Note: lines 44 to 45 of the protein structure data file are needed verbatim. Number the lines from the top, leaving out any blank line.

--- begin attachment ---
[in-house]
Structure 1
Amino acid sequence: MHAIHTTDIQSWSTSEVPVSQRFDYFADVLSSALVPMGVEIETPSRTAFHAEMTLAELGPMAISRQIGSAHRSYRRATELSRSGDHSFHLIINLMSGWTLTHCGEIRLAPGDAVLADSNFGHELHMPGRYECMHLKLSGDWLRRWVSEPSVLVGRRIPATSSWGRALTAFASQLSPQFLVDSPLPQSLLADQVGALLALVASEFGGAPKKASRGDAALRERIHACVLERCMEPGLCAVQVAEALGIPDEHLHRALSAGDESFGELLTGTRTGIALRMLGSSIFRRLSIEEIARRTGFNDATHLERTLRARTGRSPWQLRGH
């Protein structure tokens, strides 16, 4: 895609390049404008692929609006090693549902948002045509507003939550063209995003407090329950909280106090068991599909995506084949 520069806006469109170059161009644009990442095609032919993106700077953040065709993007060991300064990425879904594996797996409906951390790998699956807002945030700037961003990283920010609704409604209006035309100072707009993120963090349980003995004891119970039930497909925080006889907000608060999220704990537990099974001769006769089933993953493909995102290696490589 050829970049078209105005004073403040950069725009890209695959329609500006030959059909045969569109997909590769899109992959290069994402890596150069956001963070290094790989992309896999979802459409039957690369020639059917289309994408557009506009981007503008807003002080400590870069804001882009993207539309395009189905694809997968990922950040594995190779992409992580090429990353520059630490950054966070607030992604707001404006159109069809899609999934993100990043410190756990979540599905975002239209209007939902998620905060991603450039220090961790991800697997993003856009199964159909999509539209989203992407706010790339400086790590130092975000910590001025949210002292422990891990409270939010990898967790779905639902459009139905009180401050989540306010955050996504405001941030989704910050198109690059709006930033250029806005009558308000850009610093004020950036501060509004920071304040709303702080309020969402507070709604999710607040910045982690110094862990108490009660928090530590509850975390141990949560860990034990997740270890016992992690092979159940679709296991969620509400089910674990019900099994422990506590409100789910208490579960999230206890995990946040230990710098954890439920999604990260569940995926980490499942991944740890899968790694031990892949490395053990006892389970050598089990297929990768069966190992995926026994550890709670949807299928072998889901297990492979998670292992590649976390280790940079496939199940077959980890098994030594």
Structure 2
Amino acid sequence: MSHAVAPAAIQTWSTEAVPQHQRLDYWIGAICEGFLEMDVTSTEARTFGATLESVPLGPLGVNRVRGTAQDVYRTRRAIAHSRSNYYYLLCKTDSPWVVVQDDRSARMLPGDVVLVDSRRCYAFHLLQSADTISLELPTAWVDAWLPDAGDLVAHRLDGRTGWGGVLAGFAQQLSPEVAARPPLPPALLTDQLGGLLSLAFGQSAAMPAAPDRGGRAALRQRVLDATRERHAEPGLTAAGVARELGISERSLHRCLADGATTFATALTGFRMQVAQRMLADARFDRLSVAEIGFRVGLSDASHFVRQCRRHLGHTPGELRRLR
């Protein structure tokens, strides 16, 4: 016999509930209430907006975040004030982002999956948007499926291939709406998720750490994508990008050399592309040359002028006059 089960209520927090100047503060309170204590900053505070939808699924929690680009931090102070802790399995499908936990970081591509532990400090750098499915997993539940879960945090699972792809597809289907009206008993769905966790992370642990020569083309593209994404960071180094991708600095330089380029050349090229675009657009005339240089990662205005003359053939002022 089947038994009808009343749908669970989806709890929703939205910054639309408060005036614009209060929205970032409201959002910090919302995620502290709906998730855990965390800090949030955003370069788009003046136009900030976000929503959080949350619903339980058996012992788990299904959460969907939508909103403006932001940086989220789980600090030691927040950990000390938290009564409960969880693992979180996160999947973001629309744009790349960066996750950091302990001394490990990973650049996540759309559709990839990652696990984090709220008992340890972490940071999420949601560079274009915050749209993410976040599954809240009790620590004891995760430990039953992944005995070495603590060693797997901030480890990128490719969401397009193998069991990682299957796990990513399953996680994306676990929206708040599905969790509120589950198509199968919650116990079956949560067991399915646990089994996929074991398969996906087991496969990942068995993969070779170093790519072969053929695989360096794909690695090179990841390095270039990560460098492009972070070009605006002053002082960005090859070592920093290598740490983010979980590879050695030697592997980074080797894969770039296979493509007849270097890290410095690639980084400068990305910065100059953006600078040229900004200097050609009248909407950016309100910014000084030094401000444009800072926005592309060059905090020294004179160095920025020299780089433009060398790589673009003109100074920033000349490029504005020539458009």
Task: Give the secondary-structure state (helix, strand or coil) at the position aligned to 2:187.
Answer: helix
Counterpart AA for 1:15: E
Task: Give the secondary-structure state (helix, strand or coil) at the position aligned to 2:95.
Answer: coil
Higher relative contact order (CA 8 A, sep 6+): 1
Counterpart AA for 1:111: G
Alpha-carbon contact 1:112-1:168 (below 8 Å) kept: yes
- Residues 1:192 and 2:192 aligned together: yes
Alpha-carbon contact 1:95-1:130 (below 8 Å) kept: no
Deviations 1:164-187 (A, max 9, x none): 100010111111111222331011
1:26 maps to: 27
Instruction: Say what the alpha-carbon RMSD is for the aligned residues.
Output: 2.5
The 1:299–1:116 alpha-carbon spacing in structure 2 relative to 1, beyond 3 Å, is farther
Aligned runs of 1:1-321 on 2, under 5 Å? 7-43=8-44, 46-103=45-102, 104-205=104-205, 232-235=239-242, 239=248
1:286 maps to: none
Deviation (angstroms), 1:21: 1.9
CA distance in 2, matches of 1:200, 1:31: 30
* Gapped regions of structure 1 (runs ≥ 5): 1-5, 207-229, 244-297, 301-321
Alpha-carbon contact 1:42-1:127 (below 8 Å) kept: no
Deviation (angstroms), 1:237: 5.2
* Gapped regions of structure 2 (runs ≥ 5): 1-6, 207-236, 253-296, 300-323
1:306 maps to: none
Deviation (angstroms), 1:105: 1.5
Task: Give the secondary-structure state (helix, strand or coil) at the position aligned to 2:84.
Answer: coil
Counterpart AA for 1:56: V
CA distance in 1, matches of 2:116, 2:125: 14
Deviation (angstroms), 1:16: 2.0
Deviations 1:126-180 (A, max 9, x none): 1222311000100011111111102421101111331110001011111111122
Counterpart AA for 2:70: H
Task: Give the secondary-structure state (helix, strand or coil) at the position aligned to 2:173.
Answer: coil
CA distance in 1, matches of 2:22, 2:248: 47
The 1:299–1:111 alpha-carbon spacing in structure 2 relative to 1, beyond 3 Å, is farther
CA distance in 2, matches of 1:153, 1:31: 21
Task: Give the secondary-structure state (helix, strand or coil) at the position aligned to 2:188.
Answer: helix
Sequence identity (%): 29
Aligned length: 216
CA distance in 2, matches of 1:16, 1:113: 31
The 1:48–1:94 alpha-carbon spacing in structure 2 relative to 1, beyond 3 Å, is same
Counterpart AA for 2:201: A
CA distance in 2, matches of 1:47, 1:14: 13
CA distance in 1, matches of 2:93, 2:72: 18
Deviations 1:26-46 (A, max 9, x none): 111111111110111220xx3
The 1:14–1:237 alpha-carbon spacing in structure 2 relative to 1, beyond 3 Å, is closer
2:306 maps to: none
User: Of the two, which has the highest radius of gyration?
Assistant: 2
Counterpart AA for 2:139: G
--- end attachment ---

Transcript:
CA distance in 2, matches of 1:153, 1:31: 21
Task: Give the secondary-structure state (helix, strand or coil) at the position aligned to 2:188.